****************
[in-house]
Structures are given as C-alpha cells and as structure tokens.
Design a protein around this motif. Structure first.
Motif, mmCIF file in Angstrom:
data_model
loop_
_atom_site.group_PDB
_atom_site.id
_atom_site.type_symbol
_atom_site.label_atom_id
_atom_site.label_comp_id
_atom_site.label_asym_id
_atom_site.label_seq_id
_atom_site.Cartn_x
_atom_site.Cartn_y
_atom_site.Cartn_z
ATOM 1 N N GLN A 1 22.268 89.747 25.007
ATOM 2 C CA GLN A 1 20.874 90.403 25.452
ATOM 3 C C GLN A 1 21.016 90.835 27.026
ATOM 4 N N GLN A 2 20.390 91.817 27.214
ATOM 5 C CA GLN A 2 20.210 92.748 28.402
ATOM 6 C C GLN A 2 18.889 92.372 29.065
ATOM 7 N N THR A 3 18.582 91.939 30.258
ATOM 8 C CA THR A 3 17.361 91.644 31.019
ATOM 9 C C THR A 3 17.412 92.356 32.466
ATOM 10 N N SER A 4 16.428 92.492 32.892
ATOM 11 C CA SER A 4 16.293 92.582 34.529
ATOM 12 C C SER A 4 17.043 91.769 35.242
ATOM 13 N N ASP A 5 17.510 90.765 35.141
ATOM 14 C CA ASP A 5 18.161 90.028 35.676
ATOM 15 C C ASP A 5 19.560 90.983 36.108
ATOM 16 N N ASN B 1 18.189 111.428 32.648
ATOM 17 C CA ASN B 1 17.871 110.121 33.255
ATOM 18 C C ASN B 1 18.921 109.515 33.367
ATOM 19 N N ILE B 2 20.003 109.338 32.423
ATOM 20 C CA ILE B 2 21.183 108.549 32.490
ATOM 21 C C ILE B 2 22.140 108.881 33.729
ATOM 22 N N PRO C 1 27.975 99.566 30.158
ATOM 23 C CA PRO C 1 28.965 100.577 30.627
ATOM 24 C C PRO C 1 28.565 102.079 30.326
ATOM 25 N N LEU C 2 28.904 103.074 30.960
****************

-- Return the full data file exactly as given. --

[in-house]
Structures are given as C-alpha cells and as structure tokens.
Design a protein around this motif. Structure first.
Motif, mmCIF file in Angstrom:
data_model
loop_
_atom_site.group_PDB
_atom_site.id
_atom_site.type_symbol
_atom_site.label_atom_id
_atom_site.label_comp_id
_atom_site.label_asym_id
_atom_site.label_seq_id
_atom_site.Cartn_x
_atom_site.Cartn_y
_atom_site.Cartn_z
ATOM 1 N N GLN A 1 22.268 89.747 25.007
ATOM 2 C CA GLN A 1 20.874 90.403 25.452
ATOM 3 C C GLN A 1 21.016 90.835 27.026
ATOM 4 N N GLN A 2 20.390 91.817 27.214
ATOM 5 C CA GLN A 2 20.210 92.748 28.402
ATOM 6 C C GLN A 2 18.889 92.372 29.065
ATOM 7 N N THR A 3 18.582 91.939 30.258
ATOM 8 C CA THR A 3 17.361 91.644 31.019
ATOM 9 C C THR A 3 17.412 92.356 32.466
ATOM 10 N N SER A 4 16.428 92.492 32.892
ATOM 11 C CA SER A 4 16.293 92.582 34.529
ATOM 12 C C SER A 4 17.043 91.769 35.242
ATOM 13 N N ASP A 5 17.510 90.765 35.141
ATOM 14 C CA ASP A 5 18.161 90.028 35.676
ATOM 15 C C ASP A 5 19.560 90.983 36.108
ATOM 16 N N ASN B 1 18.189 111.428 32.648
ATOM 17 C CA ASN B 1 17.871 110.121 33.255
ATOM 18 C C ASN B 1 18.921 109.515 33.367
ATOM 19 N N ILE B 2 20.003 109.338 32.423
ATOM 20 C CA ILE B 2 21.183 108.549 32.490
ATOM 21 C C ILE B 2 22.140 108.881 33.729
ATOM 22 N N PRO C 1 27.975 99.566 30.158
ATOM 23 C CA PRO C 1 28.965 100.577 30.627
ATOM 24 C C PRO C 1 28.565 102.079 30.326
ATOM 25 N N LEU C 2 28.904 103.074 30.960